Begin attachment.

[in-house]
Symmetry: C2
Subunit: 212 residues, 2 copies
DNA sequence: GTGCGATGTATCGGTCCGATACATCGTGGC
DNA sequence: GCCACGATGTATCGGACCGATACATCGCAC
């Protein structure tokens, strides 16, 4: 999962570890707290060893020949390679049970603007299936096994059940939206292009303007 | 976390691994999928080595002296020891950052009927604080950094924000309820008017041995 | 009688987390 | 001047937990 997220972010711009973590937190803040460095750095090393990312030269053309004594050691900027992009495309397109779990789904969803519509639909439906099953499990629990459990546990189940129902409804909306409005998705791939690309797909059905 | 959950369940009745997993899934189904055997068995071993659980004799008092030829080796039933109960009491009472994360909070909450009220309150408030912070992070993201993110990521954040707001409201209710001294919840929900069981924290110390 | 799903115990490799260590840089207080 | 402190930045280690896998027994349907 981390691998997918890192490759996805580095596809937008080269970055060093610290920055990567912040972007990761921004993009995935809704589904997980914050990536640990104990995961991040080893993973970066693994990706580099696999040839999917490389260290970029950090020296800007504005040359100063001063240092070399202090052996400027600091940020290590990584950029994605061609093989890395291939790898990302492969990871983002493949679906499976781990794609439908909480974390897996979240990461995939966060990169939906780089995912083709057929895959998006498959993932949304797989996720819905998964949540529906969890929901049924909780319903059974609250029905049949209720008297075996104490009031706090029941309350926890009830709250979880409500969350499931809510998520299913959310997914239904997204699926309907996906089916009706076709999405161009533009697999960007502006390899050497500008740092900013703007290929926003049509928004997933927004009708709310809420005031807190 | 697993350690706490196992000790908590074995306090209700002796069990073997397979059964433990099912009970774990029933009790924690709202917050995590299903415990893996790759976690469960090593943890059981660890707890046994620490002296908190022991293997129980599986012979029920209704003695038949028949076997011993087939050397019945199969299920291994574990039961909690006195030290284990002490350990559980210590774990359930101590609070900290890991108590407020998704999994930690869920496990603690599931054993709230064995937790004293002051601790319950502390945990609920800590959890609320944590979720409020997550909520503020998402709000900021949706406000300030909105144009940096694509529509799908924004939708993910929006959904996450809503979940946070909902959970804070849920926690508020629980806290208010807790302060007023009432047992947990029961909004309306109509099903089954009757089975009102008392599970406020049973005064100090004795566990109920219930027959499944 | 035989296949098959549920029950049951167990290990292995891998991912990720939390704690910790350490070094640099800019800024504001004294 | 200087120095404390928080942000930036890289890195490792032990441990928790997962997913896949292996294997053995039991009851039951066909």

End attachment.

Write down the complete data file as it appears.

[in-house]
Symmetry: C2
Subunit: 212 residues, 2 copies
DNA sequence: GTGCGATGTATCGGTCCGATACATCGTGGC
DNA sequence: GCCACGATGTATCGGACCGATACATCGCAC
């Protein structure tokens, strides 16, 4: 999962570890707290060893020949390679049970603007299936096994059940939206292009303007 | 976390691994999928080595002296020891950052009927604080950094924000309820008017041995 | 009688987390 | 001047937990 997220972010711009973590937190803040460095750095090393990312030269053309004594050691900027992009495309397109779990789904969803519509639909439906099953499990629990459990546990189940129902409804909306409005998705791939690309797909059905 | 959950369940009745997993899934189904055997068995071993659980004799008092030829080796039933109960009491009472994360909070909450009220309150408030912070992070993201993110990521954040707001409201209710001294919840929900069981924290110390 | 799903115990490799260590840089207080 | 402190930045280690896998027994349907 981390691998997918890192490759996805580095596809937008080269970055060093610290920055990567912040972007990761921004993009995935809704589904997980914050990536640990104990995961991040080893993973970066693994990706580099696999040839999917490389260290970029950090020296800007504005040359100063001063240092070399202090052996400027600091940020290590990584950029994605061609093989890395291939790898990302492969990871983002493949679906499976781990794609439908909480974390897996979240990461995939966060990169939906780089995912083709057929895959998006498959993932949304797989996720819905998964949540529906969890929901049924909780319903059974609250029905049949209720008297075996104490009031706090029941309350926890009830709250979880409500969350499931809510998520299913959310997914239904997204699926309907996906089916009706076709999405161009533009697999960007502006390899050497500008740092900013703007290929926003049509928004997933927004009708709310809420005031807190 | 697993350690706490196992000790908590074995306090209700002796069990073997397979059964433990099912009970774990029933009790924690709202917050995590299903415990893996790759976690469960090593943890059981660890707890046994620490002296908190022991293997129980599986012979029920209704003695038949028949076997011993087939050397019945199969299920291994574990039961909690006195030290284990002490350990559980210590774990359930101590609070900290890991108590407020998704999994930690869920496990603690599931054993709230064995937790004293002051601790319950502390945990609920800590959890609320944590979720409020997550909520503020998402709000900021949706406000300030909105144009940096694509529509799908924004939708993910929006959904996450809503979940946070909902959970804070849920926690508020629980806290208010807790302060007023009432047992947990029961909004309306109509099903089954009757089975009102008392599970406020049973005064100090004795566990109920219930027959499944 | 035989296949098959549920029950049951167990290990292995891998991912990720939390704690910790350490070094640099800019800024504001004294 | 200087120095404390928080942000930036890289890195490792032990441990928790997962997913896949292996294997053995039991009851039951066909």